Can anyone help? I know that a fair number of hot Honda Fours are running over in the Eastern States of Australia eg Wolfenden's, but I don't have details of their modifications. Can anyone help with details or photos?


At 04:47 PM 15-12-97 +0100, you wrote:
Hi, my name is wannes
I'm only the 8th visitor of your page, but I think it's very cool I also have some Honda's, and I want to convert it to a CR is that possible? are their CR kits avaiable (for CB550four)? I'm looking especially for an alloy long petrol tank, a fairing and a seat.... are their replica's of these parts?V if you know more about it, please let me know...

wannes tollenaere
[email protected]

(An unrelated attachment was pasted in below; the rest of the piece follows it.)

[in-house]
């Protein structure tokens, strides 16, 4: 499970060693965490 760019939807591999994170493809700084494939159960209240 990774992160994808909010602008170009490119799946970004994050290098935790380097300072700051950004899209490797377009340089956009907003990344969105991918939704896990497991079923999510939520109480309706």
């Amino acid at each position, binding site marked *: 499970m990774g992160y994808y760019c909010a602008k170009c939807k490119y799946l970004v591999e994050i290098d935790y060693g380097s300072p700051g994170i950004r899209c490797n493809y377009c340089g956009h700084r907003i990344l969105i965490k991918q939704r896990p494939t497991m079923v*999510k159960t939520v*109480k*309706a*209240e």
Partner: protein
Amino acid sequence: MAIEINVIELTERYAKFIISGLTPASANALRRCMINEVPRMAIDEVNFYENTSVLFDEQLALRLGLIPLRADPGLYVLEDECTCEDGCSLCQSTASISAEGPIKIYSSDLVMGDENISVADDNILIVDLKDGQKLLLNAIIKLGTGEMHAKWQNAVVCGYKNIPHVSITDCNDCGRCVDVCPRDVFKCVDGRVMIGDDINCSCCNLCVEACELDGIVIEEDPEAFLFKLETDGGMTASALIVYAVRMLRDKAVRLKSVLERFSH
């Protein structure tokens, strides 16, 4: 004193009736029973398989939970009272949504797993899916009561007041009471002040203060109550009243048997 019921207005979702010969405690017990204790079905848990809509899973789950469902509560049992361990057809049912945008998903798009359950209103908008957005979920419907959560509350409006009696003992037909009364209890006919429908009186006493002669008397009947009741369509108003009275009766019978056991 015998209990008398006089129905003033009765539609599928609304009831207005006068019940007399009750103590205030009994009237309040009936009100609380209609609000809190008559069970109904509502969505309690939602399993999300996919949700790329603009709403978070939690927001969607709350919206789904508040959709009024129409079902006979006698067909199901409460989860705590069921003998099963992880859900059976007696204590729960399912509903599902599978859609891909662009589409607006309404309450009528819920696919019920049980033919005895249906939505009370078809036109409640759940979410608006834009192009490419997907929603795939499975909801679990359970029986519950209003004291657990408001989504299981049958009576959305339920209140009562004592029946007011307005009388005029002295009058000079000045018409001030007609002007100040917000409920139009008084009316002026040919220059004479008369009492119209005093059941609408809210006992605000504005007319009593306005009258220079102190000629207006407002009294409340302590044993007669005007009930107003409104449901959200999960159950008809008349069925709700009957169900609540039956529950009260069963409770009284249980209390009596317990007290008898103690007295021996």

koning albertlaan 165
tel +32 9 243 93 10
fax +32 9 243 93 11

Hello there Wannes,

I don't know who makes alloy tanks for the CR but there is a mob in the USA who makes fibreglass replicas... see...


Check the British Classic magazines there are some CR replica manufacturers there who make tanks out of alloy, I'm sure.


From: "Andrea"
Subject: Building a CR750 Tips
Date: Tue, 26 May 1998

I'm in the middle of building a cr750 for use on the street, (not enough dosh for racing) and I've gleened quite a bit of information from an ex-racer. If you want to keep from having camchain trouble go for longer duration instead of lift, use the valve spring kit from R/D and port,port,port those heads. This is just an opinion since I've only seen seven or eight heads, but, Honda has some pretty messy in/ex ports!